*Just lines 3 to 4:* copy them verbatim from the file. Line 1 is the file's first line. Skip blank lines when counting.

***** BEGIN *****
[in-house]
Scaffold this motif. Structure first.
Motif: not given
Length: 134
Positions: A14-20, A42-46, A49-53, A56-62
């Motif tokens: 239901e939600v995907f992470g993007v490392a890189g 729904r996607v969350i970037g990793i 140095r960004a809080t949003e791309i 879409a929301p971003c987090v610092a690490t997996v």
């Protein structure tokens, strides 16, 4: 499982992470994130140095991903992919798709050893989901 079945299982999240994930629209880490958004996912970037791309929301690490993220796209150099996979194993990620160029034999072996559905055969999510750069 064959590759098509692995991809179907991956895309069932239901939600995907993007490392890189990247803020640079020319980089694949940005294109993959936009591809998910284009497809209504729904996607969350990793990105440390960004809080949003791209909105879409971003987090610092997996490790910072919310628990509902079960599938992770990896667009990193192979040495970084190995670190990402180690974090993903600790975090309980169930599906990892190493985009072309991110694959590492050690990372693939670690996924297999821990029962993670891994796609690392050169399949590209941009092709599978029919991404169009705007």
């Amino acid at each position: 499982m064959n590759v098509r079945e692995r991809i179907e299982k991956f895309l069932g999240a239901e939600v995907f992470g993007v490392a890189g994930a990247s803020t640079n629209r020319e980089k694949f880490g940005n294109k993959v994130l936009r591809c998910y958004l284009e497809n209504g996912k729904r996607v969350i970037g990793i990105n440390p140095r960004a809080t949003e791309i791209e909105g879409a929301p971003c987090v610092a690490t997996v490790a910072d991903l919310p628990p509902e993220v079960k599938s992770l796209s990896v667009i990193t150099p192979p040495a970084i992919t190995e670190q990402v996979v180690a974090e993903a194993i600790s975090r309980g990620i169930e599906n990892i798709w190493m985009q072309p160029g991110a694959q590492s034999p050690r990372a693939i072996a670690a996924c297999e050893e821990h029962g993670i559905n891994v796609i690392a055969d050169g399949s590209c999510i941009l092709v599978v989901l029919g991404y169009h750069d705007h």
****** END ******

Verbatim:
Motif: not given
Length: 134